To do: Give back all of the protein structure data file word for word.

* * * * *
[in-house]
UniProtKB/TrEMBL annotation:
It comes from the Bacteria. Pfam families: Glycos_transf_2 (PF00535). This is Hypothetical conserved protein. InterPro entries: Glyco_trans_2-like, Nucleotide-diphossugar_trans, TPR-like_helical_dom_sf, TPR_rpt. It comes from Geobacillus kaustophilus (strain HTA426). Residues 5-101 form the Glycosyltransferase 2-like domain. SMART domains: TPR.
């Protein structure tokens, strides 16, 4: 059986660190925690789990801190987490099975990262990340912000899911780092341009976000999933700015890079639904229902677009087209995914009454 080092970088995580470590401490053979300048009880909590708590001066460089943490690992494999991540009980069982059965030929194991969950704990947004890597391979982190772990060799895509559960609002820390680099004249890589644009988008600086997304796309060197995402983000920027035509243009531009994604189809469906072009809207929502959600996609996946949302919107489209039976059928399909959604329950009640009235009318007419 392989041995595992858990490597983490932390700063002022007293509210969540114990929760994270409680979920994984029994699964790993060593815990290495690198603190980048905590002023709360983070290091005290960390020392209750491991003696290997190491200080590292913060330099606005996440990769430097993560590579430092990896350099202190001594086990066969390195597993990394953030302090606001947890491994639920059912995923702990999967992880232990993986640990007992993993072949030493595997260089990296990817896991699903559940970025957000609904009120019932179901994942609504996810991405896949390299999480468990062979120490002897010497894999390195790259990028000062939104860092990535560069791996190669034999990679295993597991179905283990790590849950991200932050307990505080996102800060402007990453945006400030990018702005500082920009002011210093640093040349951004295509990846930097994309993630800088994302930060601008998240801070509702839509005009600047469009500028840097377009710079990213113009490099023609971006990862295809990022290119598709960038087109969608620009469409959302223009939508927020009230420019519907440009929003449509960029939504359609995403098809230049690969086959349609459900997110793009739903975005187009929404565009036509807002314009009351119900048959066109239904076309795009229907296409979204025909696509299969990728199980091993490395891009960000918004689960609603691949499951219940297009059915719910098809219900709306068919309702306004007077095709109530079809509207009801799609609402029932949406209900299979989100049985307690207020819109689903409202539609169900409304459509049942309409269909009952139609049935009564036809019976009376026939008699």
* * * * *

[in-house]
UniProtKB/TrEMBL annotation:
It comes from the Bacteria. Pfam families: Glycos_transf_2 (PF00535). This is Hypothetical conserved protein. InterPro entries: Glyco_trans_2-like, Nucleotide-diphossugar_trans, TPR-like_helical_dom_sf, TPR_rpt. It comes from Geobacillus kaustophilus (strain HTA426). Residues 5-101 form the Glycosyltransferase 2-like domain. SMART domains: TPR.
């Protein structure tokens, strides 16, 4: 059986660190925690789990801190987490099975990262990340912000899911780092341009976000999933700015890079639904229902677009087209995914009454 080092970088995580470590401490053979300048009880909590708590001066460089943490690992494999991540009980069982059965030929194991969950704990947004890597391979982190772990060799895509559960609002820390680099004249890589644009988008600086997304796309060197995402983000920027035509243009531009994604189809469906072009809207929502959600996609996946949302919107489209039976059928399909959604329950009640009235009318007419 392989041995595992858990490597983490932390700063002022007293509210969540114990929760994270409680979920994984029994699964790993060593815990290495690198603190980048905590002023709360983070290091005290960390020392209750491991003696290997190491200080590292913060330099606005996440990769430097993560590579430092990896350099202190001594086990066969390195597993990394953030302090606001947890491994639920059912995923702990999967992880232990993986640990007992993993072949030493595997260089990296990817896991699903559940970025957000609904009120019932179901994942609504996810991405896949390299999480468990062979120490002897010497894999390195790259990028000062939104860092990535560069791996190669034999990679295993597991179905283990790590849950991200932050307990505080996102800060402007990453945006400030990018702005500082920009002011210093640093040349951004295509990846930097994309993630800088994302930060601008998240801070509702839509005009600047469009500028840097377009710079990213113009490099023609971006990862295809990022290119598709960038087109969608620009469409959302223009939508927020009230420019519907440009929003449509960029939504359609995403098809230049690969086959349609459900997110793009739903975005187009929404565009036509807002314009009351119900048959066109239904076309795009229907296409979204025909696509299969990728199980091993490395891009960000918004689960609603691949499951219940297009059915719910098809219900709306068919309702306004007077095709109530079809509207009801799609609402029932949406209900299979989100049985307690207020819109689903409202539609169900409304459509049942309409269909009952139609049935009564036809019976009376026939008699």